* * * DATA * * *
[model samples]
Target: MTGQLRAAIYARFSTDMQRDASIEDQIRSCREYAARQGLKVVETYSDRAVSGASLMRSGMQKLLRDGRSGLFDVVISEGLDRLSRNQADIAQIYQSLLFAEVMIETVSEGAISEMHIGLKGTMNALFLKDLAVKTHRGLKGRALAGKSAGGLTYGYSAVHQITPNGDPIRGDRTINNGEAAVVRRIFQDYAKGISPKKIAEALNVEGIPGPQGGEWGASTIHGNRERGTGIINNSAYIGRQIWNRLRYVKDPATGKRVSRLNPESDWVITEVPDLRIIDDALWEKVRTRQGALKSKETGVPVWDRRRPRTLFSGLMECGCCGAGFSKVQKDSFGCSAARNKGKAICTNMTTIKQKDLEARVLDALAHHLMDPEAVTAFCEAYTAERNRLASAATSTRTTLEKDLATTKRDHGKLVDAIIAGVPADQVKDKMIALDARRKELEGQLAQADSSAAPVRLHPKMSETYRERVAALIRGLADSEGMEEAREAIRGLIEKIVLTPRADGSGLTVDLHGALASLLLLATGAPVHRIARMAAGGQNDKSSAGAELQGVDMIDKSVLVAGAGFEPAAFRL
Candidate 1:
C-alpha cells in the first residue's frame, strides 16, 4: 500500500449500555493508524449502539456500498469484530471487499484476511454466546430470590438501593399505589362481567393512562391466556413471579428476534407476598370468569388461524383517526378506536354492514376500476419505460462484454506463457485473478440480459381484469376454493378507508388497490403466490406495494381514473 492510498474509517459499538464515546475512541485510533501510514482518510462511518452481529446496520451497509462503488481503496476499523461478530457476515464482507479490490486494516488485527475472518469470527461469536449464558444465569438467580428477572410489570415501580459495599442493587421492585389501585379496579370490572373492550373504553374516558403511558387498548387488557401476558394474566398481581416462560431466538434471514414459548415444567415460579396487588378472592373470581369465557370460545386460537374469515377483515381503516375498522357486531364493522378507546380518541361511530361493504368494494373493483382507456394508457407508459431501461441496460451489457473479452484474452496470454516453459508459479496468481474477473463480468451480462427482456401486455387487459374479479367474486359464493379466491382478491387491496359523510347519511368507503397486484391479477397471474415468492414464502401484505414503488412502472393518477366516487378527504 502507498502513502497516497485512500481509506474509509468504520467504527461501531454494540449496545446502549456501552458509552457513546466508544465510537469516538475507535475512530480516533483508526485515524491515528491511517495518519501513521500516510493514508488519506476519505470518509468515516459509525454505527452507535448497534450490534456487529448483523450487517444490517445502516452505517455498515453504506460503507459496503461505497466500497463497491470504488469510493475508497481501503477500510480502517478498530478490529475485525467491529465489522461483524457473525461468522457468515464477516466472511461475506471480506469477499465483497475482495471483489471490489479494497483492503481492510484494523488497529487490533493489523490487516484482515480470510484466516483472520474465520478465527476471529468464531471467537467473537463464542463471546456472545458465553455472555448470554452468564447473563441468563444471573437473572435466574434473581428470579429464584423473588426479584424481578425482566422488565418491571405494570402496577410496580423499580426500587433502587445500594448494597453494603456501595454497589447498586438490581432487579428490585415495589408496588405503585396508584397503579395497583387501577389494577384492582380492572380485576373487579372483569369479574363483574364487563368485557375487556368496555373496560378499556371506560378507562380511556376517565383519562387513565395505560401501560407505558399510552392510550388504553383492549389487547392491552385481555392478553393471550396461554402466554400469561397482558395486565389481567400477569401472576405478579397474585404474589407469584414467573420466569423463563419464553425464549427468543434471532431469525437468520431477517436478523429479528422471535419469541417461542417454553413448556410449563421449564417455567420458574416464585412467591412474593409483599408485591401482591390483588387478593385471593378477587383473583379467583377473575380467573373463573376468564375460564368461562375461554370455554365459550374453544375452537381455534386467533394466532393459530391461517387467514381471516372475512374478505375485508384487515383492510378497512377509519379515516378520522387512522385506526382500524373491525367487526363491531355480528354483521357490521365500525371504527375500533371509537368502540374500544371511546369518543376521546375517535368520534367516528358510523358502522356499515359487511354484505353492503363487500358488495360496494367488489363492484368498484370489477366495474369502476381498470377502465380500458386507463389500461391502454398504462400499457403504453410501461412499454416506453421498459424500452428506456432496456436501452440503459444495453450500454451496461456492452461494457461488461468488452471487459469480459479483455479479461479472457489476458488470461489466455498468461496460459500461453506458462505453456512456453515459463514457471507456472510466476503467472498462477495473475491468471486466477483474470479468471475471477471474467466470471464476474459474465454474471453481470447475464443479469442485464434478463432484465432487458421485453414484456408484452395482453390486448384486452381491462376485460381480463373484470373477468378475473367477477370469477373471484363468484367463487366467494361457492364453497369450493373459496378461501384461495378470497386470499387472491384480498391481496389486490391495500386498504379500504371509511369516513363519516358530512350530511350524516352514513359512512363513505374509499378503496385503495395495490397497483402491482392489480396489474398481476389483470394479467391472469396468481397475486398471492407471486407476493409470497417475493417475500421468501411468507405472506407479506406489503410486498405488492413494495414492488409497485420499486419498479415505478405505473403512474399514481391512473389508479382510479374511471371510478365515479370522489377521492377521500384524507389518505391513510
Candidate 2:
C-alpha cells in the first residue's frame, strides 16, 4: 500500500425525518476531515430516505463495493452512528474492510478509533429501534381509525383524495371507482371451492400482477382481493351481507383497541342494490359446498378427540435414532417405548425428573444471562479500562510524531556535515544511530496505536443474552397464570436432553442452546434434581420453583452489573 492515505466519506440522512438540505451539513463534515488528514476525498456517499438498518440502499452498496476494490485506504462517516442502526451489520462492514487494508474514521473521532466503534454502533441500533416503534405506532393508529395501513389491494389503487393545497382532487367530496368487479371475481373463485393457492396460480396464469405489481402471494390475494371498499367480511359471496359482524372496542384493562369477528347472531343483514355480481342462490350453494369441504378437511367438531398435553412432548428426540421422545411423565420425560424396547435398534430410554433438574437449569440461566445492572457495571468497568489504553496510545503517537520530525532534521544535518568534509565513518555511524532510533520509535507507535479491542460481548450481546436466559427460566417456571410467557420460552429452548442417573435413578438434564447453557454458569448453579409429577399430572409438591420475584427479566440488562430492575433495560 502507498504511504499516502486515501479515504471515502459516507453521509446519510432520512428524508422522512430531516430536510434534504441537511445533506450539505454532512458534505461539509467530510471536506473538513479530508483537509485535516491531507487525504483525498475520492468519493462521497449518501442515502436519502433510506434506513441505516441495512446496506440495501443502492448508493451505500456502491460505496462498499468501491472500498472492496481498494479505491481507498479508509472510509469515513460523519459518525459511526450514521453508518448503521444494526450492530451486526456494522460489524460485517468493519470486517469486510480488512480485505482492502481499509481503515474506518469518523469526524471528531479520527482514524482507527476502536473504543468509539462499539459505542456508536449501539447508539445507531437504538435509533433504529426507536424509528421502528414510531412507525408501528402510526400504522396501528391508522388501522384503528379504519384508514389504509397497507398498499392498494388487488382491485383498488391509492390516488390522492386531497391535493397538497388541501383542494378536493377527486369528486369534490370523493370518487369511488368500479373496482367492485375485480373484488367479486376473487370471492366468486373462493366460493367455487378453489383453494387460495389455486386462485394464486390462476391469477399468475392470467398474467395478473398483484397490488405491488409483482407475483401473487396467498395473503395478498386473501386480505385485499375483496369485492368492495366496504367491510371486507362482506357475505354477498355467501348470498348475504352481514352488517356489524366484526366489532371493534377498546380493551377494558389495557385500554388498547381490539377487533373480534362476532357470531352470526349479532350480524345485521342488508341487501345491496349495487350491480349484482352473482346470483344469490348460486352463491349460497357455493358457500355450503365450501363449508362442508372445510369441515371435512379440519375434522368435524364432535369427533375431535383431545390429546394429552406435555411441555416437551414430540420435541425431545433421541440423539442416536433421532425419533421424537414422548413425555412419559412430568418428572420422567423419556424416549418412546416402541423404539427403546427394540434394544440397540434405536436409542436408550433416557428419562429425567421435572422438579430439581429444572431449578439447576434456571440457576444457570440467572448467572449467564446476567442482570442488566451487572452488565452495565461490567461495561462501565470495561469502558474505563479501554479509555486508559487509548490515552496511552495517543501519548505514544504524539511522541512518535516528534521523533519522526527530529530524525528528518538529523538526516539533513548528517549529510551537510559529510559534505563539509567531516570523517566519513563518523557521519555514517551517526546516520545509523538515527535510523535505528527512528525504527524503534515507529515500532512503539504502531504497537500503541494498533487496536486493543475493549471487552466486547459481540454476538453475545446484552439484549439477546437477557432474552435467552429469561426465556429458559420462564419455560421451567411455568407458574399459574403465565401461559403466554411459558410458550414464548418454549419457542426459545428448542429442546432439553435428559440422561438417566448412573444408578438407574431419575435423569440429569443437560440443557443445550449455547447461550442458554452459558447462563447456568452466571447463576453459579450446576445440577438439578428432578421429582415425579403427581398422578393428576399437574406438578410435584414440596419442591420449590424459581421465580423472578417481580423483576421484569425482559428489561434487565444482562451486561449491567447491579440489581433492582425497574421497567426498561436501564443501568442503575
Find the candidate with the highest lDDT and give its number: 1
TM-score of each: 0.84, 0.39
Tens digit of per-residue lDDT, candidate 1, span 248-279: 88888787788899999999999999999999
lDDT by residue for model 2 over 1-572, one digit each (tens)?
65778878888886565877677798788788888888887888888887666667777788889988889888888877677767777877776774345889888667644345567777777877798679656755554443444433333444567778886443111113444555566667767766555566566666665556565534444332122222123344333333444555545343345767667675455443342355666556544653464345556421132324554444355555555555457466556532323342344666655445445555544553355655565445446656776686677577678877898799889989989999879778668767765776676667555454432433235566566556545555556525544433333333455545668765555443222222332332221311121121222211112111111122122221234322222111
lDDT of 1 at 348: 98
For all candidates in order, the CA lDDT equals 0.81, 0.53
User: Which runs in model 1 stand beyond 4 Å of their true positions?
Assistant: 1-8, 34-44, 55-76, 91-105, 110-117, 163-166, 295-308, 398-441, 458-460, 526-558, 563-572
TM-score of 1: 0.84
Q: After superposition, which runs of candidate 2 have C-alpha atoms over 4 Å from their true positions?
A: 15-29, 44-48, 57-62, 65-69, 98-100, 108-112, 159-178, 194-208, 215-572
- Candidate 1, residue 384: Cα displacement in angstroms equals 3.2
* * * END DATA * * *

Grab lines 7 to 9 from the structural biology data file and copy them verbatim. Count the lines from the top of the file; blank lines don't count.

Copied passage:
Find the candidate with the highest lDDT and give its number: 1
TM-score of each: 0.84, 0.39
Tens digit of per-residue lDDT, candidate 1, span 248-279: 88888787788899999999999999999999